‘They have such a high sense of self-entitlement’, ‘delusional expectations’, ‘just don’t seem to have the same work ethic’, ‘so needy’, ‘easily distracted,’ ‘they want to choose what they do, not what I need them to do’ …
These are some of comments I come across in my interactions with business owners, who face the challenges of leading, engaging and retaining talent in their business.
Of course, some of this is the natural ‘founders dilemma’and the fear of losing control.
But there seems to be more discord between the attitudes to work of the ‘baby boomer’ or ‘Generation X’ and the new wave of millennials or ‘Generation Z’.
Millennials are, broadly speaking, those born between the mid-1980s and 2000. According to a report by KPMG, they currently make up 35 per cent of the UK workforce and are set to be 50 per cent of the global workforce by 2020.
So it’s pretty important we work out what makes them tick and how to get the best out of them.
It’s easy to stand back and accuse and label them, but that doesn’t get us anywhere. It’s better to understand what’s going on beneath the surface and how we can support and engage them.
Why are millennials different to previous generations?
Simon Sinek has some theories about why this generation is different, which, of course, not all millennials will agree with.
He says millennials have grown up believing they can do anything they want, in a technological world of instant gratification. This reinforces the belief that they can have whatever they want, right now.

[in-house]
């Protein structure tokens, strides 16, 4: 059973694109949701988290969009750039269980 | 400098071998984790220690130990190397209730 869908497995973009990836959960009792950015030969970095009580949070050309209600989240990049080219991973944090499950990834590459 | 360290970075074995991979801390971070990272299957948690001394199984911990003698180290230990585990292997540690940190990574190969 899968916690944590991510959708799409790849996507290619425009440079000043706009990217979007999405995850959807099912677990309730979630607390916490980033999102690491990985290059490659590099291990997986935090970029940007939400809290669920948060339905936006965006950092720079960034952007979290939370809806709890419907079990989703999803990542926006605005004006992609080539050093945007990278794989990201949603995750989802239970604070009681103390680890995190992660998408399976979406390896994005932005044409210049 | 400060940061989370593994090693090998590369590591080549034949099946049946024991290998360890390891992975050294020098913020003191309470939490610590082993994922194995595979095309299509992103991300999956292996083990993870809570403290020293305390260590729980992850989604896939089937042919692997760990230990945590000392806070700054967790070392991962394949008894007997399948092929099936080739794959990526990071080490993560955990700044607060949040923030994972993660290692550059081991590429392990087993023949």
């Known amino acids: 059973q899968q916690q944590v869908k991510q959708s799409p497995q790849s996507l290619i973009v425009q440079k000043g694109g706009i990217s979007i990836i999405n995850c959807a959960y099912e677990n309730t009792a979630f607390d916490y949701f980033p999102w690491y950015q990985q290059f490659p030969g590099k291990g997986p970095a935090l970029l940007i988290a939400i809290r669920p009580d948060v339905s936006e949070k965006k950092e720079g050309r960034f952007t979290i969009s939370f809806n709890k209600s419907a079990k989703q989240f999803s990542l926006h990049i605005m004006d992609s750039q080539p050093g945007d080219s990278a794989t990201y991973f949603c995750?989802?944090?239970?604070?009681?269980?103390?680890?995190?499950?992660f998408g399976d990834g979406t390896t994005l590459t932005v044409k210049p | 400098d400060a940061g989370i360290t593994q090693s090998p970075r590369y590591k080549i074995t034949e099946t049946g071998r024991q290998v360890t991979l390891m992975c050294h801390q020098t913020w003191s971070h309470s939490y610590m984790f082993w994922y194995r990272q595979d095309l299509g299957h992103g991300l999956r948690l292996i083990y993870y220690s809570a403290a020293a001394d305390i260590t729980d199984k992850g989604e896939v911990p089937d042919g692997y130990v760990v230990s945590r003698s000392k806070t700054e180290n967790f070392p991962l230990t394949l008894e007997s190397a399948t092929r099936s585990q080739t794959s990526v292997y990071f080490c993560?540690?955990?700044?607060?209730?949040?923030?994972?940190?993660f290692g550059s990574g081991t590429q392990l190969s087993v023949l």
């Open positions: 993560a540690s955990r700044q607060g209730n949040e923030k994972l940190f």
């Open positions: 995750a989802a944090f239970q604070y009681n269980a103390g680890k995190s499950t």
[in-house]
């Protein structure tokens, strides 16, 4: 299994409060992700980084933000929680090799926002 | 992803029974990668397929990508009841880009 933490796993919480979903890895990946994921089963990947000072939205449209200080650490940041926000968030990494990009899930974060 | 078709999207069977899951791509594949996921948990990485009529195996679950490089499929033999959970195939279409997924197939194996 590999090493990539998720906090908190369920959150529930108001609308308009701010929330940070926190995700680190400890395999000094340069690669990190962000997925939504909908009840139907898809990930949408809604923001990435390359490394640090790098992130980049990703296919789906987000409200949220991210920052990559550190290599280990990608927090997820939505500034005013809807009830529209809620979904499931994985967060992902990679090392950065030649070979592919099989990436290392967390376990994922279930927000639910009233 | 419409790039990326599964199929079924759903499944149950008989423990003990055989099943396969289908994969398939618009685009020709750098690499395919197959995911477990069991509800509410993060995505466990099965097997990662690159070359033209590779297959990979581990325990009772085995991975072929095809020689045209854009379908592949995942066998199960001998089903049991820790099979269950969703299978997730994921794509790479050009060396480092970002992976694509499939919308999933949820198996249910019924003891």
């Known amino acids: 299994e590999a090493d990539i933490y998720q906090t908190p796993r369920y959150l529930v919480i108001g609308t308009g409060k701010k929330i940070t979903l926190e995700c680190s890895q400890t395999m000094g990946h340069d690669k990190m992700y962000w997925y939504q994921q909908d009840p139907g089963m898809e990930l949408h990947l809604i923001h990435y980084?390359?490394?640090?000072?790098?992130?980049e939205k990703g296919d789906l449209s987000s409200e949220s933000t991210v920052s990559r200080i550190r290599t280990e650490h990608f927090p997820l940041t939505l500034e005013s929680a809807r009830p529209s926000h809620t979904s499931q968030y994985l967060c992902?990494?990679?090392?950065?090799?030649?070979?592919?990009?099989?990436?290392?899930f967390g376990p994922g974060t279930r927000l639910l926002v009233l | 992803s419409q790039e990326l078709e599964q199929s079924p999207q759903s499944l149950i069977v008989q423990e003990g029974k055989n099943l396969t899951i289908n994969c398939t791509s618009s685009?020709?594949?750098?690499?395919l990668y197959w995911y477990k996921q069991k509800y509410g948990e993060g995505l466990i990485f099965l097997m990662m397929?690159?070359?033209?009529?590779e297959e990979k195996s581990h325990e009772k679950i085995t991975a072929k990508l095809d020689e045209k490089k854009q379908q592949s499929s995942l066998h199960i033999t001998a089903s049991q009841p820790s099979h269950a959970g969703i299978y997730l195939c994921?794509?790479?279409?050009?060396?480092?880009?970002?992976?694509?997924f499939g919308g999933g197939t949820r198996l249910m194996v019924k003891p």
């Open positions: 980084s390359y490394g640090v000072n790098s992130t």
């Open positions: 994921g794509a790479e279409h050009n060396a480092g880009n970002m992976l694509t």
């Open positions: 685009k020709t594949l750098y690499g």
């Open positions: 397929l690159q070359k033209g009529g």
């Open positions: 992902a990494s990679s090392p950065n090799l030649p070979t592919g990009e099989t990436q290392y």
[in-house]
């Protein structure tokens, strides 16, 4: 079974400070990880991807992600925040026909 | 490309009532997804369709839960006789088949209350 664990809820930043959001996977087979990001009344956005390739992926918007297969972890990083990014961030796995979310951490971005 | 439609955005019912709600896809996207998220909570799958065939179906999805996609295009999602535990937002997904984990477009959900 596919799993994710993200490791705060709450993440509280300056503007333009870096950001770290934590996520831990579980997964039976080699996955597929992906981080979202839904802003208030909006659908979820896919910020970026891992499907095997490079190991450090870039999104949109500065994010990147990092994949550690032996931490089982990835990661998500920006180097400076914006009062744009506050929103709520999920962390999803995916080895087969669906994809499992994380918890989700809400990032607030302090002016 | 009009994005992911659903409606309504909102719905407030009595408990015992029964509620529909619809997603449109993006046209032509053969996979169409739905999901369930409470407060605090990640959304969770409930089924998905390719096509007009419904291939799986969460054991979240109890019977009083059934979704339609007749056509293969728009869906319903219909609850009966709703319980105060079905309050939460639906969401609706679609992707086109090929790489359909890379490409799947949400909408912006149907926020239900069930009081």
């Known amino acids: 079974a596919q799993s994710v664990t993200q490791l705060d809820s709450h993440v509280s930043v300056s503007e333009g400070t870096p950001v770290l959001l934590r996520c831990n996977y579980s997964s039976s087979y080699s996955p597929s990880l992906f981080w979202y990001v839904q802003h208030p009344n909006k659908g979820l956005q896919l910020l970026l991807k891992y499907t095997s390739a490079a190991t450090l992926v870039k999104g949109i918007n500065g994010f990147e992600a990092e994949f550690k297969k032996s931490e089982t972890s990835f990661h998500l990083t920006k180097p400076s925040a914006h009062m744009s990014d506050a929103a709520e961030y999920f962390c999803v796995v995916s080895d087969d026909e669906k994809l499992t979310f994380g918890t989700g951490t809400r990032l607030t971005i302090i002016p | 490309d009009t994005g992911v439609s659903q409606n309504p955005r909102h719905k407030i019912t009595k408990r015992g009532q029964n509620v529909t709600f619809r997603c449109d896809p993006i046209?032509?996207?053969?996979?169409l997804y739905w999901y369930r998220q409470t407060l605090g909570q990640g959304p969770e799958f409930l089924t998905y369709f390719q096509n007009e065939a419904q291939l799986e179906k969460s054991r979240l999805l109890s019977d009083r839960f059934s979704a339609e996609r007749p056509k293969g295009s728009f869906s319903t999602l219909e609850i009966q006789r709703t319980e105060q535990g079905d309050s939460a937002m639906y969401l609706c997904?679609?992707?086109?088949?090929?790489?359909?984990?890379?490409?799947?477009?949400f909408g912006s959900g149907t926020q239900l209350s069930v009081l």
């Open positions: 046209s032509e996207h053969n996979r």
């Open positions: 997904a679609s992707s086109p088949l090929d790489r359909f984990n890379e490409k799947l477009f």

But this is also the generation leaving university burdened with debt. It is cited as ‘The first generation in recorded history which is projected to be worse off than those which came before’.
Is it any wonder the illusion they grew up with might start to shatter?
What do millennials want?
Of course, not all millennials are alike. But there does seem to be a trend among the younger workforce to value freedom and flexibility over money and security.
Studies have found millennials value the following:
·A purposeful life
·To be their own boss. But if they do have to work for a boss, they want that boss to serve more as a coach or mentor.
·A collaborative work-culture rather than a competitive one.
·Flexible work schedules.
·“Work-life integration,” which isn’t the same as work-life balance, since work and life now blend together inextricably.
What do millennials bring to the workplace?
Millennials grew up with the evolution of the internet, Wi-Fi, laptops and smartphones. They are highly connected with the world around them and their use of technology often sets them apart – both offering a unique perspective and useful business tools.
They also push for change and don’t accept ‘that’s the way we’ve always done it’.
And they are ambitious. A study by Gallup found they want to learn and grow. A full 87 per cent of millennials say professional development or career growth opportunities are very important to them in a job.
In short, they bring a fresh perspective and different skill-set, which is valuable to any team.
Rather than trying to change them, why not tap into that entrepreneurial you, and adapt to find different ways to get the best out of people.
“It’s critical for the business world to understand millennials, to embrace them and to engage them. If the business world wants to win, that is.
In a world where exponential change has become a reality, leaders must find ways to harness the engagement of every employee.
Including millennials. And they must understand the way we work and the kind of work that we all do is changing.”
Trudy Borgeouis, President & CEO of ‘The Center for Workforce Excellence‘.
In the next article, we will look further at ways to engage with millennials.